Raymond White and Jo Kirby
Technical Bulletin Volume 22, 2001
Mastic was the preferred varnish at the National Gallery in 1853, according to a report to a parliamentary Select Committee, and continued in favour for at least two decades of the 20th century. It was prepared more easily than a copal/oil varnish, formed a thinner film, dried faster, and was more readily removed by friction or by solvent action.
Dammar varnish was mentioned in this report and discussed immediately afterwards, but not before this date in Britain. Gas chromatography-mass spectrometry and Fourier transform infrared analyses of varnishes applied in the later 19th century confirmed that mastic was commonly used, sometimes with linseed oil and prepolymerized in some cases.
Chromatograms of mastic alone and with additives of drying oil, dammar, gum elemi, sandarac, African copal, and copaiba are presented and discussed with some colour details to illustrate their appearance now. Manila copal-containing varnishes with Venetian turpentine or oil of spike lavender were occasionally found; they had been applied well before 1850.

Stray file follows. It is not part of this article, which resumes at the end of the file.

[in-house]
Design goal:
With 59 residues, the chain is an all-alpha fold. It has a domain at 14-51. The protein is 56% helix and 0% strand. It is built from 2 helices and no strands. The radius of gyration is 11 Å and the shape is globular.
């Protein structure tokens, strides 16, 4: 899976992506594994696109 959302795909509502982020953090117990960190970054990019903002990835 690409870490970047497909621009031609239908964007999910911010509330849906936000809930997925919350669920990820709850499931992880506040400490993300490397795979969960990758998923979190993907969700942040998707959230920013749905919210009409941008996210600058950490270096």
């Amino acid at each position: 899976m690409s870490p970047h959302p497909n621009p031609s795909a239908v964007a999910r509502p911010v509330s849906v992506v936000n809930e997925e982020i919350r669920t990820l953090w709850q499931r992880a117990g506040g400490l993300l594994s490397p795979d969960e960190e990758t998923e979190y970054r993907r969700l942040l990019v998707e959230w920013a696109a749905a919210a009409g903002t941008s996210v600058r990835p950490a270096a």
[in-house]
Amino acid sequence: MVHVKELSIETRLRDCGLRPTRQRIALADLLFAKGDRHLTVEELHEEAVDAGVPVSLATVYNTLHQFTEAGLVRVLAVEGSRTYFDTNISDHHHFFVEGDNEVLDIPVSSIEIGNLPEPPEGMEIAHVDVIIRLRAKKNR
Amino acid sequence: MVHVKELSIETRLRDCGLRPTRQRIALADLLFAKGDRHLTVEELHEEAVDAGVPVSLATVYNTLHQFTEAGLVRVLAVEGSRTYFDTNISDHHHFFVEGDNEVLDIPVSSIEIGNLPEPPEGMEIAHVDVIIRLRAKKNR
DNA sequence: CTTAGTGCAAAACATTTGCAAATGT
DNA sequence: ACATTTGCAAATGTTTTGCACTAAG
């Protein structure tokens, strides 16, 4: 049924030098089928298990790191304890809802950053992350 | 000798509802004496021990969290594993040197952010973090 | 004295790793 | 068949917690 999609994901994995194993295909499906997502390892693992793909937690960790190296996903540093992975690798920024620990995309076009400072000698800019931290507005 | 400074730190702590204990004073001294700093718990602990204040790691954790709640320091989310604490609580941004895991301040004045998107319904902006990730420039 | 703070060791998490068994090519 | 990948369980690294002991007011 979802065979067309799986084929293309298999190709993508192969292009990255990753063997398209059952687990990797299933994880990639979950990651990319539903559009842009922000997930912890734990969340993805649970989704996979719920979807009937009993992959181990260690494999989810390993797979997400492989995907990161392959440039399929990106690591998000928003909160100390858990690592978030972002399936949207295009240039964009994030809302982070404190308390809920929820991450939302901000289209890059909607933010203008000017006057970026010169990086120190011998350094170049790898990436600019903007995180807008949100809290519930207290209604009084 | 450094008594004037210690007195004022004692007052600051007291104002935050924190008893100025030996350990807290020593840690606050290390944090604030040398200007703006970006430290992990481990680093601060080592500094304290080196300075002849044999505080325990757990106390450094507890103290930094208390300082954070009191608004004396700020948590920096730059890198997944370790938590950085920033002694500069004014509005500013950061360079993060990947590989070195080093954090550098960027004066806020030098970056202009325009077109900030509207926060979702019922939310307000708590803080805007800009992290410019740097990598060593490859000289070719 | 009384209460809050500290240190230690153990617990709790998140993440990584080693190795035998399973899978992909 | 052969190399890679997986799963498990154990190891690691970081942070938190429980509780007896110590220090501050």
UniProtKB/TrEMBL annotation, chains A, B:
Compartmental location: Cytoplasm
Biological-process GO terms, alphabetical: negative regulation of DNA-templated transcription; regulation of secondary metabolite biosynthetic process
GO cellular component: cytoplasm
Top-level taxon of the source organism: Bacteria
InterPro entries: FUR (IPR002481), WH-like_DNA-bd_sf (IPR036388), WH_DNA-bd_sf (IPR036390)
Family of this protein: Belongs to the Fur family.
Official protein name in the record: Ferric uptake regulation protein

Additions of oleoresins such as fir balsam and Venice turpentine are discussed, but were not often found by analysis. Some varnishes could be associated consistently with particular restorers known to have worked for the National Gallery in the 19th century.
mastic resin, National Gallery (London, England), paintings, primary source documents, varnish
To cite this article we suggest using
White, R., Kirby, J. 'A Survey of Nineteenth- and Early Twentieth-Century Varnish Compositions Found on a Selection of Paintings in the National Gallery Collection'. National Gallery Technical Bulletin Vol 22, pp 64–84.
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